Perhaps some day — if I ever finish my several current contractual obligations! — I may find time to engage Preston’s arguments presented in this book. Despite Preston’s insistence that I spend more of my time dealing with him, for now I want simply to show how that in especially one particular chapter (ch. 3) Preston thinks he has accomplished something that he has not. In fact, as he challenges me, he misses my point. Entirely. His third chapter is titled “Jesus’ Earlier Predictions of The Destruction of Jerusalem.” (Besides my many time-dominating obligations, this is another reason I do not set aside my life and deal with him: it is too frustrating to clean up after a bull in a china shop.) Continue reading →
PMW 2020-056 by Kenneth L. Gentry, Jr.
Over the past few months I have written several articles on the disciples’ questions to Jesus in Matthew 24:3. Their two questions are: “Tell us,  when will these things happen, and  what will be the sign of Your coming, and of the end of the age?” Thus, their two questions are asking “when” (Gk. pote) and “what” (Gk. ti). Understanding their questions and their state-of-mind is important for us if we ourselves want to understand the Olivet Discourse (known in academia as the “Eschatological Discourse”).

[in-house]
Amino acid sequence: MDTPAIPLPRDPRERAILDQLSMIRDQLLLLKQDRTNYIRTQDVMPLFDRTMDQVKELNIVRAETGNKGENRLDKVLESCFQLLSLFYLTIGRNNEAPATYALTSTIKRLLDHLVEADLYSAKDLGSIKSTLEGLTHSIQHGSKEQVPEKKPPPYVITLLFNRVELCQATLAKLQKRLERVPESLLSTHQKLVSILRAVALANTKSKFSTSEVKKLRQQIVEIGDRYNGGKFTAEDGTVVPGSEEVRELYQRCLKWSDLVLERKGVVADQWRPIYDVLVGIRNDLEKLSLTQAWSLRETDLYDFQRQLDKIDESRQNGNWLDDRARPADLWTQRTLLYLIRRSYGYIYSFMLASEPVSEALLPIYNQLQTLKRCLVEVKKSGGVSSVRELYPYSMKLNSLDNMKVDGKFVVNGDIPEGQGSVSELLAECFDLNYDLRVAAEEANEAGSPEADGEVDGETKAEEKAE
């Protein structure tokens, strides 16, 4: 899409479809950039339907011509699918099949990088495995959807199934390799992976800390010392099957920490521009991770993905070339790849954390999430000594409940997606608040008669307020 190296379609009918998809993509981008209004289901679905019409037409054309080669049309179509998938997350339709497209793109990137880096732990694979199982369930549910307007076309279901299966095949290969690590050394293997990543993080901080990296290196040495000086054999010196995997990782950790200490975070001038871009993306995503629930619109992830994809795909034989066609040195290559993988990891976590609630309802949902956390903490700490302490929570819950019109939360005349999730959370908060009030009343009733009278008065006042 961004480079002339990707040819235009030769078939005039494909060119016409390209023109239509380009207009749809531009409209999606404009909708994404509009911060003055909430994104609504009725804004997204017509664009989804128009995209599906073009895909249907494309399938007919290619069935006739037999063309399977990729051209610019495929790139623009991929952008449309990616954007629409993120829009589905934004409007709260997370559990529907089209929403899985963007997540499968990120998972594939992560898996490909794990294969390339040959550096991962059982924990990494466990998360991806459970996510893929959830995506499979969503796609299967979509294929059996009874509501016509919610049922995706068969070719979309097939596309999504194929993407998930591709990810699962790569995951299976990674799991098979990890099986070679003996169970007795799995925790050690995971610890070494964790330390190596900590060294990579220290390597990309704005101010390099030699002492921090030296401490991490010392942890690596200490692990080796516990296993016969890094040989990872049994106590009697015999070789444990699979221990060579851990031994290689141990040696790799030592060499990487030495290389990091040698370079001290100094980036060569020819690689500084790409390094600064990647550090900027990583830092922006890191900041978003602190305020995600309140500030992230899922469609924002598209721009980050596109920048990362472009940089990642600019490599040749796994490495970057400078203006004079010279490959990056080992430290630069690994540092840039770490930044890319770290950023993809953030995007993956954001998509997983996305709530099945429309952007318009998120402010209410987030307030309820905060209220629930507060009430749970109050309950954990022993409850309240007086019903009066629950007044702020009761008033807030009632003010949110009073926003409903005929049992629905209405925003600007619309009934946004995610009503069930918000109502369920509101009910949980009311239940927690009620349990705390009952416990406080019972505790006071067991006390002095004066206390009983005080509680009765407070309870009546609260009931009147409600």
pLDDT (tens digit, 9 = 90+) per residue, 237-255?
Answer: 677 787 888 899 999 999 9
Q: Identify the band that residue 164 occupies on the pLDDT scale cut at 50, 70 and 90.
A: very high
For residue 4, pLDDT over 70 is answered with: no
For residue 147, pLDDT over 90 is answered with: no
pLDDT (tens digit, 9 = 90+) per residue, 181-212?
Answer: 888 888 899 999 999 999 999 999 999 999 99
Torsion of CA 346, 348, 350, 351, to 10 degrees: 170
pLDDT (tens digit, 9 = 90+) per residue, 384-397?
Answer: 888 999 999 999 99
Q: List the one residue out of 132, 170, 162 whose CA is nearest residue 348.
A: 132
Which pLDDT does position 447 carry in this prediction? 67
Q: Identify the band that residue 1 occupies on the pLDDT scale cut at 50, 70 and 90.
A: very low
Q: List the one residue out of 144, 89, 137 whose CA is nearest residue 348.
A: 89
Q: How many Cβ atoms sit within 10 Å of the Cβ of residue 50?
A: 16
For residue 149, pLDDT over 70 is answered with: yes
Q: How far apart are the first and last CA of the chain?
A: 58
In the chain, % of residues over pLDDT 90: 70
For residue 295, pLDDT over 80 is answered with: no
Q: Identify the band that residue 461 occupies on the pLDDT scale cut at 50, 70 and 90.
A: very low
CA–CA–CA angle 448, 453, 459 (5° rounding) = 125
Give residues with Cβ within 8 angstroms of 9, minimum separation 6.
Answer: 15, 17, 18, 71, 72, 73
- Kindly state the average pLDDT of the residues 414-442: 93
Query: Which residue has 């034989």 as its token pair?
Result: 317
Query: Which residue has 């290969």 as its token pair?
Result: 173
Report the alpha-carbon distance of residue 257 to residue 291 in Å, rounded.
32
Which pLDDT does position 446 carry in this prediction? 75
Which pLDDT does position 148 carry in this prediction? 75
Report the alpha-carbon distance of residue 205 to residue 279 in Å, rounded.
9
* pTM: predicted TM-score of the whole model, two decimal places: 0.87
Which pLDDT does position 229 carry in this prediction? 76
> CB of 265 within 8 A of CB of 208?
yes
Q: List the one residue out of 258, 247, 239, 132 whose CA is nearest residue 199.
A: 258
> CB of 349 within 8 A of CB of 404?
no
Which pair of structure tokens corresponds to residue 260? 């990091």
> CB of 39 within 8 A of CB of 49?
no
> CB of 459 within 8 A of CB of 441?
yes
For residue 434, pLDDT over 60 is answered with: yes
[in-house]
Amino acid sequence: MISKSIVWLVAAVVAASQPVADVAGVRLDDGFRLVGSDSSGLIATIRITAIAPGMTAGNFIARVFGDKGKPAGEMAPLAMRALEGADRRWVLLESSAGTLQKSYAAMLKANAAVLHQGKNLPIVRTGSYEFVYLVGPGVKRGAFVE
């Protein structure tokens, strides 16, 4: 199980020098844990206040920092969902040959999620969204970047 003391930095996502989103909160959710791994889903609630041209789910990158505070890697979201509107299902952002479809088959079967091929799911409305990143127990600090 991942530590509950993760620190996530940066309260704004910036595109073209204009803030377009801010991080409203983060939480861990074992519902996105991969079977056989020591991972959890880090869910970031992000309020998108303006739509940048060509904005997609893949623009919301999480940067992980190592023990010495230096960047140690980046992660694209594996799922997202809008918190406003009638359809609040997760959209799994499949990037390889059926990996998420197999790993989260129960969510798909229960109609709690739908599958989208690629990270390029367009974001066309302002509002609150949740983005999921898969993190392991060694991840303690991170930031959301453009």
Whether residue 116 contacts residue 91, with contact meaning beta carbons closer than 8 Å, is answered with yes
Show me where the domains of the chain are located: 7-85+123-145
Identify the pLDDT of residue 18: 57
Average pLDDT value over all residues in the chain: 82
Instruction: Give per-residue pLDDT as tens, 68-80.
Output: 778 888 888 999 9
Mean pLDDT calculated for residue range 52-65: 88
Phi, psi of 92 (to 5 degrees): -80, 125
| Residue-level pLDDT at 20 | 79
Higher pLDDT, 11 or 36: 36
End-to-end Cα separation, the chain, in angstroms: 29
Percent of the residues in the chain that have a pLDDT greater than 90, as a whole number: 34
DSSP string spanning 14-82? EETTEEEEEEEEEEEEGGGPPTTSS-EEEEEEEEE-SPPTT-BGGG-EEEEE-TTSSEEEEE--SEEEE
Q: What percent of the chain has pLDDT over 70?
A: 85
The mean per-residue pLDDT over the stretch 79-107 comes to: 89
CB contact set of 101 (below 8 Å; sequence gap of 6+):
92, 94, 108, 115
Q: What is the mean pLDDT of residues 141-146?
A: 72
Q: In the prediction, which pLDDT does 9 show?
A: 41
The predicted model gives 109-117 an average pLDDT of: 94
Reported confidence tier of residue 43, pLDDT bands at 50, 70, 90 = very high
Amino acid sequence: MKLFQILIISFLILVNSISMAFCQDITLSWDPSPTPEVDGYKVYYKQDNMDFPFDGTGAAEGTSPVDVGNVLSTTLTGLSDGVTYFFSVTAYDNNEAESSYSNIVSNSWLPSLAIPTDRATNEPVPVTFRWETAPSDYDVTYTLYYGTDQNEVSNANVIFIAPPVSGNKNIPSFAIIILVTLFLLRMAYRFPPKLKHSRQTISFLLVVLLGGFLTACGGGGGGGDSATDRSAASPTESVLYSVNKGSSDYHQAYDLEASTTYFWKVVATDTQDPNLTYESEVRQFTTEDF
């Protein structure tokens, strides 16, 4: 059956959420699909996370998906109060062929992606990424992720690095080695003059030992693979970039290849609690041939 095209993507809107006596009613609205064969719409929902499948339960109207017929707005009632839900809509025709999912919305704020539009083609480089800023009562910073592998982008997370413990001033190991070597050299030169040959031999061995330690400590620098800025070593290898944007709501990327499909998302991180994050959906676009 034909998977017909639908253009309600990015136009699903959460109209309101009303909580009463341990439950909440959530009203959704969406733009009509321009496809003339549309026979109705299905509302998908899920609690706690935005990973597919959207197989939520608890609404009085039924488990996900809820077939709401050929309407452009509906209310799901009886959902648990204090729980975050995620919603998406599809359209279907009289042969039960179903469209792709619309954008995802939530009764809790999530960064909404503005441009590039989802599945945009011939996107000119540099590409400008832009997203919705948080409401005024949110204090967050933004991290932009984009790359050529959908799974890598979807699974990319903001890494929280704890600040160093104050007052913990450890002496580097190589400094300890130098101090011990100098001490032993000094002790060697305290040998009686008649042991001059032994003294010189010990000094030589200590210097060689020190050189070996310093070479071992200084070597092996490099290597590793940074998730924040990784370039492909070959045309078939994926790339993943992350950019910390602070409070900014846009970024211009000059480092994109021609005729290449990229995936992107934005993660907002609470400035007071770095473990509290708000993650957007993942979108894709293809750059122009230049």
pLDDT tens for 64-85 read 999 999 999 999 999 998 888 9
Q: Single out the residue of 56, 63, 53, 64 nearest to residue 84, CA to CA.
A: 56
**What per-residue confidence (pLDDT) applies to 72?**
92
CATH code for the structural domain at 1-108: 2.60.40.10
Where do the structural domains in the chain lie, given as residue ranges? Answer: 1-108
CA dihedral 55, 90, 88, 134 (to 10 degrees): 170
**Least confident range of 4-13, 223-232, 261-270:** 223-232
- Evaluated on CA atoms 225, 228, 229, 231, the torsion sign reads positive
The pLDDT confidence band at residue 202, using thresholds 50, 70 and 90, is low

In those earlier articles I pointed out that the disciples were frequently confused at Jesus’ teaching, which often caused them to misunderstand it. I noted that their tendency to confusion explains why they ask him about his “coming [Gk.: parousia] and the end of the age [Gk.: sunteleias tou aiōnos],” when he prophesies the destruction of the temple (Matt. 24:2). They obviously assumed that the temple’s destruction would occur at his Second Advent at the end of history. And they were mistaken in this Jew-centric supposition. Continue reading →
Introduction by Ken Gentry
I have mentioned several times in various postings how much I appreciate the exegetical work on Matthew by Jeffrey A. Gibbs. Gibbs is a professor of Exegetical Theology at Concordia Seminary, St. Louis. He earned his Ph.D. from Union Theological Seminary in Richmond, Va. (1995). His three volume commentary on Matthew is one of the best evangelical works on this Gospel. I highly recommend this commentary and the one by R. T. France as the best you can get.
I will be citing several paragraphs from Gibbs’ analysis of Matthew 24:3, which he titles “The Disciples’ Confusion.” This material is drawn from his third volume on Matthew: Matthew 21:1–28:20 (Saint Louis: Concordia, 2018, pp. 1252–54). This will supplement my study on the Disciples’ confusion in several recent PostmillennialWorldview postings. Gibbs is the commentator who put me on this trail! Continue reading →